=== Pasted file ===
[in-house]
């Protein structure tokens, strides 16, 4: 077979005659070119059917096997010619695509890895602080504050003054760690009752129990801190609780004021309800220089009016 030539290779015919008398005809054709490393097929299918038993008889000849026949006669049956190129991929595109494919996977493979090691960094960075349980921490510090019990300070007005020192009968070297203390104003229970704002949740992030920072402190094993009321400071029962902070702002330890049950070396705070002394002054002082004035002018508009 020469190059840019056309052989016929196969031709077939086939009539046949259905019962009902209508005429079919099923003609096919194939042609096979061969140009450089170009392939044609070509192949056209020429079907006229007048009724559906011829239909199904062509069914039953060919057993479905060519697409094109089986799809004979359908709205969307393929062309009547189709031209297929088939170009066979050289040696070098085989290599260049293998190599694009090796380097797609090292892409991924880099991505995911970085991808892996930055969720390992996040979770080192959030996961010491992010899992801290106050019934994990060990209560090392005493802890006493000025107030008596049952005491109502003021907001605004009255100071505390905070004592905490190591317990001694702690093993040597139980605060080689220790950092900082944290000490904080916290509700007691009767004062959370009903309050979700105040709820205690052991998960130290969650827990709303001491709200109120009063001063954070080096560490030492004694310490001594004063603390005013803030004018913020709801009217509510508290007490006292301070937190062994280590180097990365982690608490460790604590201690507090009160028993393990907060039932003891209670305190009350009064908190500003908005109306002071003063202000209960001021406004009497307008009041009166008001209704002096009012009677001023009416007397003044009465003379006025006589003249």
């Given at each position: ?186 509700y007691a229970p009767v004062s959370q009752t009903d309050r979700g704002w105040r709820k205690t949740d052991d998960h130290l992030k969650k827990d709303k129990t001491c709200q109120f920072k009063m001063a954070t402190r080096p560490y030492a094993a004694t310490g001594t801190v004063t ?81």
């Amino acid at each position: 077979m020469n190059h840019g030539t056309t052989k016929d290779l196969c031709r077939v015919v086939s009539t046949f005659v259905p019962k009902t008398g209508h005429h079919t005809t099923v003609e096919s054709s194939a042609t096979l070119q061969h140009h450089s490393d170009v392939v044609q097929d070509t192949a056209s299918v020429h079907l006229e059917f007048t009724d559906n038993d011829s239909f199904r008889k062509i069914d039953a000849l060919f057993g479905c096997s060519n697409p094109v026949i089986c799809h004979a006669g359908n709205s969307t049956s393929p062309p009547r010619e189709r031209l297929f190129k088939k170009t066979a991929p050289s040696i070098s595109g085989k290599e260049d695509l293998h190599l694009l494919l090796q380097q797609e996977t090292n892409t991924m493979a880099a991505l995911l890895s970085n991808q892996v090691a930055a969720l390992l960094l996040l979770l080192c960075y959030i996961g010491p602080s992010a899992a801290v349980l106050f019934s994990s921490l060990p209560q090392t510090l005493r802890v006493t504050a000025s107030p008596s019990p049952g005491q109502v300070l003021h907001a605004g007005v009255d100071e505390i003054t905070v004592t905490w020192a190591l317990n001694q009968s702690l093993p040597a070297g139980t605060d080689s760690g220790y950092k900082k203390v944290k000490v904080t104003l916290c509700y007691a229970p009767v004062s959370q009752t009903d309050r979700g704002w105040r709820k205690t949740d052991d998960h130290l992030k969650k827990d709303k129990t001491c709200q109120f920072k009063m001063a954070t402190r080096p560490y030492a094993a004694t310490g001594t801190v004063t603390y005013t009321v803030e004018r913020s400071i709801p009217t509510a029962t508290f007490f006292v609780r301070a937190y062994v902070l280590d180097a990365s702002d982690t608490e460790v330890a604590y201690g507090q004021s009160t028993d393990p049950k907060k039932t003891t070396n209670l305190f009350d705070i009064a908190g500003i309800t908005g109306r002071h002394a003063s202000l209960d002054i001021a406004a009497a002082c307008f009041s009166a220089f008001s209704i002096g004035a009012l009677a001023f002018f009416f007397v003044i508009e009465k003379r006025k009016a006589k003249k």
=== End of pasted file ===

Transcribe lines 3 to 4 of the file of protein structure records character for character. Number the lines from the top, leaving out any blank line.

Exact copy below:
């Given at each position: ?186 509700y007691a229970p009767v004062s959370q009752t009903d309050r979700g704002w105040r709820k205690t949740d052991d998960h130290l992030k969650k827990d709303k129990t001491c709200q109120f920072k009063m001063a954070t402190r080096p560490y030492a094993a004694t310490g001594t801190v004063t ?81």
């Amino acid at each position: 077979m020469n190059h840019g030539t056309t052989k016929d290779l196969c031709r077939v015919v086939s009539t046949f005659v259905p019962k009902t008398g209508h005429h079919t005809t099923v003609e096919s054709s194939a042609t096979l070119q061969h140009h450089s490393d170009v392939v044609q097929d070509t192949a056209s299918v020429h079907l006229e059917f007048t009724d559906n038993d011829s239909f199904r008889k062509i069914d039953a000849l060919f057993g479905c096997s060519n697409p094109v026949i089986c799809h004979a006669g359908n709205s969307t049956s393929p062309p009547r010619e189709r031209l297929f190129k088939k170009t066979a991929p050289s040696i070098s595109g085989k290599e260049d695509l293998h190599l694009l494919l090796q380097q797609e996977t090292n892409t991924m493979a880099a991505l995911l890895s970085n991808q892996v090691a930055a969720l390992l960094l996040l979770l080192c960075y959030i996961g010491p602080s992010a899992a801290v349980l106050f019934s994990s921490l060990p209560q090392t510090l005493r802890v006493t504050a000025s107030p008596s019990p049952g005491q109502v300070l003021h907001a605004g007005v009255d100071e505390i003054t905070v004592t905490w020192a190591l317990n001694q009968s702690l093993p040597a070297g139980t605060d080689s760690g220790y950092k900082k203390v944290k000490v904080t104003l916290c509700y007691a229970p009767v004062s959370q009752t009903d309050r979700g704002w105040r709820k205690t949740d052991d998960h130290l992030k969650k827990d709303k129990t001491c709200q109120f920072k009063m001063a954070t402190r080096p560490y030492a094993a004694t310490g001594t801190v004063t603390y005013t009321v803030e004018r913020s400071i709801p009217t509510a029962t508290f007490f006292v609780r301070a937190y062994v902070l280590d180097a990365s702002d982690t608490e460790v330890a604590y201690g507090q004021s009160t028993d393990p049950k907060k039932t003891t070396n209670l305190f009350d705070i009064a908190g500003i309800t908005g109306r002071h002394a003063s202000l209960d002054i001021a406004a009497a002082c307008f009041s009166a220089f008001s209704i002096g004035a009012l009677a001023f002018f009416f007397v003044i508009e009465k003379r006025k009016a006589k003249k």